Coach Porter and Ms. Hickman took the Partner PE proposal to Rachel Kistner, who was very enthusiastic about the possibilities the program offered. She spoke with high school administrators and received the go-ahead to add Partner PE to the ROHS curriculum for the 2011-12 school year.
“Students who want to volunteer fill out a short application and explain why they want to be part of the program. It does take a special kid to be in here and be hands-on with our students with
special needs,” Coach Porter said. The mentors also go through a two-week training period before they start working with their partners. Most of the students were assigned to their partners, but a couple requested partners they already knew. Originally, the plan was to change partners every six weeks, but that didn’t happen. “The kids didn’t want to change partners, they came to me and said, ‘We don’t want to do that. We want to keep the partner we have.’ So we did it that way,” Coach Porter said.
Although a general routine helps the students with special needs know what to expect when they hit the gym, there’s enough flexibility to keep things interesting. Sometimes the partners work one-on-one at circuit activity stations and sometimes various pairs team up to play a game like T-ball or kickball.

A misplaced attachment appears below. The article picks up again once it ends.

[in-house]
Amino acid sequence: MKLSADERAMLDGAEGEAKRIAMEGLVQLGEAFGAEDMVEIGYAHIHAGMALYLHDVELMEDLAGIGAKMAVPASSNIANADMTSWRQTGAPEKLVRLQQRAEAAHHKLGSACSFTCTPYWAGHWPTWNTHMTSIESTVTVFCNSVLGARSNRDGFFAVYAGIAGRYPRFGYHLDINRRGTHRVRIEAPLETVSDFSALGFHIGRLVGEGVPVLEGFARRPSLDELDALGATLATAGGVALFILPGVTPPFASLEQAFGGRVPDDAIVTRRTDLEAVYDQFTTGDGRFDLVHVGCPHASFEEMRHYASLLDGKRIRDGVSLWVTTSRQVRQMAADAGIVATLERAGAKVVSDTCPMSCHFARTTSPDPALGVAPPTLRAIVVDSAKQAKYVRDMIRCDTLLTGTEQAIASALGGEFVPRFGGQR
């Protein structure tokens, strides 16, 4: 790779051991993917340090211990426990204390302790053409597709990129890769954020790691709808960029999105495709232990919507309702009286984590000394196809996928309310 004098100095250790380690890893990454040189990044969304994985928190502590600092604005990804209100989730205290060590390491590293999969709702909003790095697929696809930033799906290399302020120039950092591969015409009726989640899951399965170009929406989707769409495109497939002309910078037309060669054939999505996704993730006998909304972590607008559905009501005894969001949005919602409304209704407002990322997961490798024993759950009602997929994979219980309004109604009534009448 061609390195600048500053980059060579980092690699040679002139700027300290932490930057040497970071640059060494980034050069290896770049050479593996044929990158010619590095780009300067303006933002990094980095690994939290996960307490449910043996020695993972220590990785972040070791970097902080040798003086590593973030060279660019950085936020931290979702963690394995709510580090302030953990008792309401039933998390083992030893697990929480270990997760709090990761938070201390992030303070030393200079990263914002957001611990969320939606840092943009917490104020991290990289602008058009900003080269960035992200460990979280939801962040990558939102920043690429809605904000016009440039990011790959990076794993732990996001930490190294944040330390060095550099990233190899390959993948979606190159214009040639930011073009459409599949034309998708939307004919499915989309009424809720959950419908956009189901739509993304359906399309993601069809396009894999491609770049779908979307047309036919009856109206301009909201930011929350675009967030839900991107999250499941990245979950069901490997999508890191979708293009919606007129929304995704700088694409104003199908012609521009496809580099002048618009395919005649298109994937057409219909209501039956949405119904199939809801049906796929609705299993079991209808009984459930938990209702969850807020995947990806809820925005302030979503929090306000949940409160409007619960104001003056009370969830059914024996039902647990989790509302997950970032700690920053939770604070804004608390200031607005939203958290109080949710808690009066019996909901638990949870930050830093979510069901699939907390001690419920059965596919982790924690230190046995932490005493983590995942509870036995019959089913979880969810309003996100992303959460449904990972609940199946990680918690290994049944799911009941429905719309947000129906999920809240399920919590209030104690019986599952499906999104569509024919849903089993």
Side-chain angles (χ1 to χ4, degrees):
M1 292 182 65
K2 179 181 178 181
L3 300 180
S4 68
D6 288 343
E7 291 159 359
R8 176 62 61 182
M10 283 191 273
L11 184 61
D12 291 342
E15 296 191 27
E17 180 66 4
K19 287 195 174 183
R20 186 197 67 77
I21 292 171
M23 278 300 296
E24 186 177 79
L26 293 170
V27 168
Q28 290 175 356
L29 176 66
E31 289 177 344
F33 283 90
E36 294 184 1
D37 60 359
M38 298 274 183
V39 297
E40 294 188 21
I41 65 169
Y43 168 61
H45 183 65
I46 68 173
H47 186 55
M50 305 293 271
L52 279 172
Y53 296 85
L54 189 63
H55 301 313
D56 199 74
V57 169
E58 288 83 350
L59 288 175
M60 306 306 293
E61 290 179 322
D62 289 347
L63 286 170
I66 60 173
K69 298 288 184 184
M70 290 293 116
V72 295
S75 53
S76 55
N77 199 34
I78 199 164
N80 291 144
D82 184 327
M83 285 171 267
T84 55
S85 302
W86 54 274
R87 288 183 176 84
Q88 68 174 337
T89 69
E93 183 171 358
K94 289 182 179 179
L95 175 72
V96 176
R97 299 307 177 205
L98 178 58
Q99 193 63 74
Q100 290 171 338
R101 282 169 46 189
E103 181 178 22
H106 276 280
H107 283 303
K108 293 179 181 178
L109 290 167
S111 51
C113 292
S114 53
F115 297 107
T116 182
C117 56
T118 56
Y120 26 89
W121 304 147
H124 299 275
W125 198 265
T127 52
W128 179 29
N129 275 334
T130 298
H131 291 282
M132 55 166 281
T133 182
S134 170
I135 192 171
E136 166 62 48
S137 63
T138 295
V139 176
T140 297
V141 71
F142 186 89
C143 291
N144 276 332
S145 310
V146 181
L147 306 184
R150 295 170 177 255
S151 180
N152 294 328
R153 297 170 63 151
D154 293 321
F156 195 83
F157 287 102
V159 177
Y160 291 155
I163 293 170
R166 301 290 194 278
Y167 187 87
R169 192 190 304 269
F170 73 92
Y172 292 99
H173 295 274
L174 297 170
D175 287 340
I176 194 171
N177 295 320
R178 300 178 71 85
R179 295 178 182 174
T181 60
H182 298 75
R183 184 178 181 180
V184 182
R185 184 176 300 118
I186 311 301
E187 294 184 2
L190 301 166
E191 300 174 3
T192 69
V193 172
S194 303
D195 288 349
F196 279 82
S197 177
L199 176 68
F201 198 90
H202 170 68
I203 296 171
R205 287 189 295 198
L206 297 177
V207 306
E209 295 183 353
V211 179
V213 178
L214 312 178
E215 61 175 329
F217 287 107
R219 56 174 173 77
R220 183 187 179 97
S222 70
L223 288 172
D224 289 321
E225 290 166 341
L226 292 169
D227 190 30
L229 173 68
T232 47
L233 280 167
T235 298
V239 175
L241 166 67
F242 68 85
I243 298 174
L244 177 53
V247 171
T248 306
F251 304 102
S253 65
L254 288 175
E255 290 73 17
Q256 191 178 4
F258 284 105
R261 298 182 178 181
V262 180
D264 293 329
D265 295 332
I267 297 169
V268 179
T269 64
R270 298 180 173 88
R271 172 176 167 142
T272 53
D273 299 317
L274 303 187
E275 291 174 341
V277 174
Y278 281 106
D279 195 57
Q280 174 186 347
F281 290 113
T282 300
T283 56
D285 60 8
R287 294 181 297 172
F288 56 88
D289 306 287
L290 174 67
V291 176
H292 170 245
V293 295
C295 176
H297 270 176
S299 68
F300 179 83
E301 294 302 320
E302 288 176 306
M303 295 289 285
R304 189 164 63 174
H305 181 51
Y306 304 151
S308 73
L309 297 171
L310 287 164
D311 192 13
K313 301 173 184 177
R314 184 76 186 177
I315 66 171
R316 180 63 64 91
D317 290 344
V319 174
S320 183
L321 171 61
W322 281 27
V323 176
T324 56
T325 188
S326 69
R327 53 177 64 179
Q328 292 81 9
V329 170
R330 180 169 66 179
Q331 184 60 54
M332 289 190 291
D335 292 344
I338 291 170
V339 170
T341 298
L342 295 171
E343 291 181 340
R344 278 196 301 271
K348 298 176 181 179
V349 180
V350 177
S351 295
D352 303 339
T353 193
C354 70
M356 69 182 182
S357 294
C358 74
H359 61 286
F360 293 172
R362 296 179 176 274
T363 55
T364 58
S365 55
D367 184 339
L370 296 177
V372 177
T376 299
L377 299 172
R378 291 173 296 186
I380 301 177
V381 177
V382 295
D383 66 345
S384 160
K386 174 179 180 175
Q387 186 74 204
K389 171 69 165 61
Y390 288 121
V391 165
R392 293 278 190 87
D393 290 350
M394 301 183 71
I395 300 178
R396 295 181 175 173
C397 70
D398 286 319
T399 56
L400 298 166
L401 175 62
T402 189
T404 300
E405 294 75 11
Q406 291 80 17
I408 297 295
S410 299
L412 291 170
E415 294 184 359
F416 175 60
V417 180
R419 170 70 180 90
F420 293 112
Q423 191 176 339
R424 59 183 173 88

Perhaps the most gratifying aspect of the program is the depth of the relationships that have developed in this peer/mentor environment. The general education students go out of their way to seek opportunities to be with their partners before school, after lunch or whenever they have a little free time. “We knew during the class, there would be interaction, but we could never have imagined we would see the partners all the time outside of PE,” Ms. Hickman said.
“They’re always thinking of things to do with their partners,” elaborated Coach Porter. “They brought them to a volleyball game. They planned a Valentine’s Day celebration. They celebrate birthdays. Everybody brings something and wears party hats.”